There are two approaches to learning chords, the song based approach and learning the fundamentals approach. I'm a big advocate of building a solid base of the fundamentals. A lot of players new to the ukulele like to jump right in and learn songs.
The SONG Approach
For the SONG APPROACH you pick a song and learn the chords you need to learn know for that particular song. A song is like a recipe, the chords are one of the ingredients. Look them up, ask a friend or take a lesson or two. Then learn at least one version of each of the chords in the song. Repeat the process for the next song and additional songs. This is like learning to paint by numbers – you can't really a take much from one song to the next, Only what you have learned in the context of that one particular song. You actually don't learn much about chords with this song approach.
Another approach is to learn the most common chords that show up in common keys and songs. This is especially helpful for occasions where you might have never played a particular song before or are reading the chords as you go. This happens a lot at jam sessions and club play-a-longs. You never know what songs are going to be played and would like to participate in every song. No time to look up chords - you really need to know chords.
For Folk, Rock, Pop, Country and and Bluegrass songs the most common keys are the major keys of C, G, D, A, and E.
For most simple songs the chords will all be from the main key and stay in that key. There're a lot of songs with just two or three chords.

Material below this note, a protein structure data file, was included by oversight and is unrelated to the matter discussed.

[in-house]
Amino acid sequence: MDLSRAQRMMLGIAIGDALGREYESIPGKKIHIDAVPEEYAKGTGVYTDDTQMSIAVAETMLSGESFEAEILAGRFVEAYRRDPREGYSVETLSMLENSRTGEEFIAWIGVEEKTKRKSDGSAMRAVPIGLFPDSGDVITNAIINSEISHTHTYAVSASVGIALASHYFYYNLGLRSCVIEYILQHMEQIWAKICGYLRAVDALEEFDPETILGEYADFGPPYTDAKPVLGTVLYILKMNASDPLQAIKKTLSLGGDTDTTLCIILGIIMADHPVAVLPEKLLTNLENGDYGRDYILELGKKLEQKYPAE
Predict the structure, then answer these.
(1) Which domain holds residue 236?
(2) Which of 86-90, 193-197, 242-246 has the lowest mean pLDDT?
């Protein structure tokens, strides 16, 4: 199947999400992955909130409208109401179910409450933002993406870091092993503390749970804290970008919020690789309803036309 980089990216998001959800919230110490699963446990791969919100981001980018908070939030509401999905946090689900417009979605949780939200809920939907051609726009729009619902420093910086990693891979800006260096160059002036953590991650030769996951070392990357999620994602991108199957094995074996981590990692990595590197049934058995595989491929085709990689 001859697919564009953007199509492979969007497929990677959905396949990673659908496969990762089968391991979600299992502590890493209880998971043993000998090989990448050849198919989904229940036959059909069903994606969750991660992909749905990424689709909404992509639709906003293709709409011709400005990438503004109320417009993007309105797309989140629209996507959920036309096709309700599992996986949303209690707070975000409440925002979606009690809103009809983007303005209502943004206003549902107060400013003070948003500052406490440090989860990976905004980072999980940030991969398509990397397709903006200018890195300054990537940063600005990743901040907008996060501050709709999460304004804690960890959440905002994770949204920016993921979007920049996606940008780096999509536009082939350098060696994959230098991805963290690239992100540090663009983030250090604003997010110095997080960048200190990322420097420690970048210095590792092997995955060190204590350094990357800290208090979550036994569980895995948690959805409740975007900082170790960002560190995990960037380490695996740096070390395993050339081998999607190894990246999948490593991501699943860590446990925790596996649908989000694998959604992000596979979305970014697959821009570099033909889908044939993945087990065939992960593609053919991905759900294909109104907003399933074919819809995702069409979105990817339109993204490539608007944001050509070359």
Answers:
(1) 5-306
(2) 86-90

The FUNDAMENTALS Approach
The FUNDAMENTALS APPROACH, which is almost required with movable form and “jazz” chords is to have a core set of chords and a system for deriving additional chords from those known chords. And, knowing where and how chords are created and used. The skills that really help with this is knowing the names of the notes of the ukulele fingerboard and you can use that information to locate the root or letterman of the chord for your already known chords and transpose those chords along to fingerboard to additional keys.
End of Lesson - Thanks, Hope You Enjoyed It!
Basic Open Position `Ukulele Chord Chart
A core set of basic ukulele chords that ALL Ukulele players should know - at least - in the five common keys of C, G, D, A and E. As well as the seventh chords for common keys. The chart is organized in common keys and covers basic chords in these keys. Of the 15 possible major and relative minor keys in music. There are five common keys to get started with: C, G, D, A, and E. These keys allow you to play quite a few popular songs. There's more in common between songs that your might think.
Basic Ukulele Chord Chart
A chart of the most common ukulele chords in the most common keys.
The Advanced Guide to Chord Progressions for Ukulele - Volume I
Before individual chords become the background of songs, they must be put into orders called chord progressions. The Advanced Guide to Chord Progressions for Ukulele organizes progressions according to string family, position, voice leading and chord magnetism. The Advanced Guide to Chord Progressions for Ukulele is an excellent preparation for the art of melody and chord on the ukulele and more advanced accompaniment.
The types of chords possible on ukulele include open position chords, movable form chords, 4-part chords, a.k.a. jazz chords and free from chords.
No videos for Learning `Ukulele Chords at this time. Filming a lot of videos for various lessons, songs and books.
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Just browsing over both books, they look fantastic! I'm a guitarist and uke player for over 25 years and was thinking about writing a ukulele book but you've already written what I think are the best, most comprehensive and thorough books I've ever seen for the instrument. I just might end up buying every book you've written and I'll be giving my highest recommendation for your books to my friends and students. Thank you so much for taking the time to write such great books! — Peter Rhee
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